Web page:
Lastly, I evaluated and reset my intentions. I learned that my beliefs around food were rooted in self-loathe and punishment. I felt like I had to be perfect all the time or else my efforts didn’t count. It was an all-or-nothing mentality. Now, I see it as a journey of self-discovery. I know that I am going to slip up occasionally, and that’s okay! I have learned to respect my body and to love myself no matter what stage I’m in. If I am making an effort to honor my body, I know I am on the right path.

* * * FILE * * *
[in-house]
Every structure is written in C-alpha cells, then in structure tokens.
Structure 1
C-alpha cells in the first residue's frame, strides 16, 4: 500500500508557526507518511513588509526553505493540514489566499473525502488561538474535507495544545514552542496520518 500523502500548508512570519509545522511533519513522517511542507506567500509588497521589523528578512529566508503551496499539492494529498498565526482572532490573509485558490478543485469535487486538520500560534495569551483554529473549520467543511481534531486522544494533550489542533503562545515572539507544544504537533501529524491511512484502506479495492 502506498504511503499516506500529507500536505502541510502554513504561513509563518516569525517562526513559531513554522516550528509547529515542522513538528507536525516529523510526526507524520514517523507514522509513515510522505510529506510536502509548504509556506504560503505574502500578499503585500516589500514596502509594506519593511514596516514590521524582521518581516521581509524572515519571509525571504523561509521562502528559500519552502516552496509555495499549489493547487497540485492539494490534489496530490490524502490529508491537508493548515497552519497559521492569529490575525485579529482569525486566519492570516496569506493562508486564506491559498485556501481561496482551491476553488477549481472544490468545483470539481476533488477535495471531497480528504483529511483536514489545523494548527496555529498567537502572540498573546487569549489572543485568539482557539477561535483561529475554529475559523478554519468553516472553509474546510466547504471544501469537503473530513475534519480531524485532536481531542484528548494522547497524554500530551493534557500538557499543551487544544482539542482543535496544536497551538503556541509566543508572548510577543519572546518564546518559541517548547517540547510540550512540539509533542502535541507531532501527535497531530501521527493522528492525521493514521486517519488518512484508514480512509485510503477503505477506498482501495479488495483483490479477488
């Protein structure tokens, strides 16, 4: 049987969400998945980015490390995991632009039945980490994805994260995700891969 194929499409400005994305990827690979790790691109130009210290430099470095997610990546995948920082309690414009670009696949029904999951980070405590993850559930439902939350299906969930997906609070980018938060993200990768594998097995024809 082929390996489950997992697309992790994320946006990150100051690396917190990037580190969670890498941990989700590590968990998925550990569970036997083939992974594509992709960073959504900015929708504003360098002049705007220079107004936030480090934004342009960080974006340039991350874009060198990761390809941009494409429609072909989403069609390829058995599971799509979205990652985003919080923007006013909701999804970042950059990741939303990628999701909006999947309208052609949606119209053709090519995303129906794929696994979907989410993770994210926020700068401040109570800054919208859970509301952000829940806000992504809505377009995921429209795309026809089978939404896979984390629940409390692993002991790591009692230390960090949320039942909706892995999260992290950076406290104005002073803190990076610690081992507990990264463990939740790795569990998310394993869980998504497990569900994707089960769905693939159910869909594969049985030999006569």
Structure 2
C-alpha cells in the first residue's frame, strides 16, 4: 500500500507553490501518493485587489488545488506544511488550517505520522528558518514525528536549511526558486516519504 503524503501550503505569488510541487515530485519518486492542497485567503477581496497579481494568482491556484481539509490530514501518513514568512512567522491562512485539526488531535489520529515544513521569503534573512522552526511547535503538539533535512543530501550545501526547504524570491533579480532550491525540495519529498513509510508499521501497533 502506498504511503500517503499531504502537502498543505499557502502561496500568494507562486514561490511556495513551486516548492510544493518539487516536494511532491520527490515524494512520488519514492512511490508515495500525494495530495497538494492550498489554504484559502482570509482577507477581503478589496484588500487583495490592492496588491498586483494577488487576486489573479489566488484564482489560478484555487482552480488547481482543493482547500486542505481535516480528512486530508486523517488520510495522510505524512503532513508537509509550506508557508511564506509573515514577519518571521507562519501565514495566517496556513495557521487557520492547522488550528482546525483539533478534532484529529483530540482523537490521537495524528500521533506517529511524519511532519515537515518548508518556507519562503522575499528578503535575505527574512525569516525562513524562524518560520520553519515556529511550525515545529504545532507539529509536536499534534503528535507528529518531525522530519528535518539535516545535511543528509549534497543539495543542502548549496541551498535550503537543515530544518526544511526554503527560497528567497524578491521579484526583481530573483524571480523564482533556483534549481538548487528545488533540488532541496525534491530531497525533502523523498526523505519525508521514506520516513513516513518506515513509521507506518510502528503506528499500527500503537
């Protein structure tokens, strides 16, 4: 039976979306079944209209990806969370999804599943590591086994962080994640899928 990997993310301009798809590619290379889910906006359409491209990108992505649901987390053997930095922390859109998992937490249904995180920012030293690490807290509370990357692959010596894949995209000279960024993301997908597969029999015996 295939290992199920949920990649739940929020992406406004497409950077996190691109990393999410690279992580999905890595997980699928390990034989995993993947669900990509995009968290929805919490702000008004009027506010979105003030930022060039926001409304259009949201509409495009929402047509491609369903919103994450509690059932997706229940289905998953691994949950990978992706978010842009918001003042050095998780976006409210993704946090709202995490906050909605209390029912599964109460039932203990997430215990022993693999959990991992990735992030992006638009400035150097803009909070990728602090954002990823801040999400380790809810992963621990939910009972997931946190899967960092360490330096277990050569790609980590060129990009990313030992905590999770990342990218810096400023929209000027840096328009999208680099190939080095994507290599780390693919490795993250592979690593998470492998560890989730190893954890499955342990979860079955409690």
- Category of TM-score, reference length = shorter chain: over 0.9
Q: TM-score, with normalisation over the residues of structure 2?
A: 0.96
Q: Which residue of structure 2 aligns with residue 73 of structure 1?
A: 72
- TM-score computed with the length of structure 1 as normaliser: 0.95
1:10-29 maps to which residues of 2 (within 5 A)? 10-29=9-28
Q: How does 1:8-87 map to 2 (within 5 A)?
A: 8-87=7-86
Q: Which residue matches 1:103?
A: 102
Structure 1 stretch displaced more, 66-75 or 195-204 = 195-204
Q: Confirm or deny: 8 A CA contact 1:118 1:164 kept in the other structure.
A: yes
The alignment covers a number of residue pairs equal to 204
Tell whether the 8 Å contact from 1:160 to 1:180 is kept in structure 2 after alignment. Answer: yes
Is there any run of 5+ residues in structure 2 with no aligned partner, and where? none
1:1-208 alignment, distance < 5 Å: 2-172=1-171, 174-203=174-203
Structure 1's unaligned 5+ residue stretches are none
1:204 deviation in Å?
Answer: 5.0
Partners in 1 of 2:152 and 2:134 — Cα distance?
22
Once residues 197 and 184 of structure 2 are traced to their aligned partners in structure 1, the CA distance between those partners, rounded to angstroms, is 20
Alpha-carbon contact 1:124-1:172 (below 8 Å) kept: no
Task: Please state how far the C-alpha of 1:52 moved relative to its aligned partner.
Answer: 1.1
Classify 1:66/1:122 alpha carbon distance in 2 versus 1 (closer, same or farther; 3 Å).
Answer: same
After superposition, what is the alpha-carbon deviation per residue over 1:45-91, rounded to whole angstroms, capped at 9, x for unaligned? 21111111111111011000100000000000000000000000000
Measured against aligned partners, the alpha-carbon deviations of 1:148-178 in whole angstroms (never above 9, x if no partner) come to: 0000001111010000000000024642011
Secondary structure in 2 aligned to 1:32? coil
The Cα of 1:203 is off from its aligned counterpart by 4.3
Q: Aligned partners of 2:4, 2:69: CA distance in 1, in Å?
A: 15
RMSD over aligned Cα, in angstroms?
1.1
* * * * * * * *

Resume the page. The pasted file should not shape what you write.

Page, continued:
Despite the mental roller coaster that bodybuilding put me through, I would still compete again. I came in with the intention to build trust in myself, and looking back, it taught me to do just that and more. Next time around, I won’t be competing to prove I am enough, but simply for the fun of improving in this sport. I’ll be coming back with a better mindset, and a healthier relationship with food. It’s been a year and a half since my competition, and I am just now feeling comfortable with my eating habits and my ever changing appearance. While my relationship with food is a work in progress, I am really proud of how far I’ve come.” -Trixi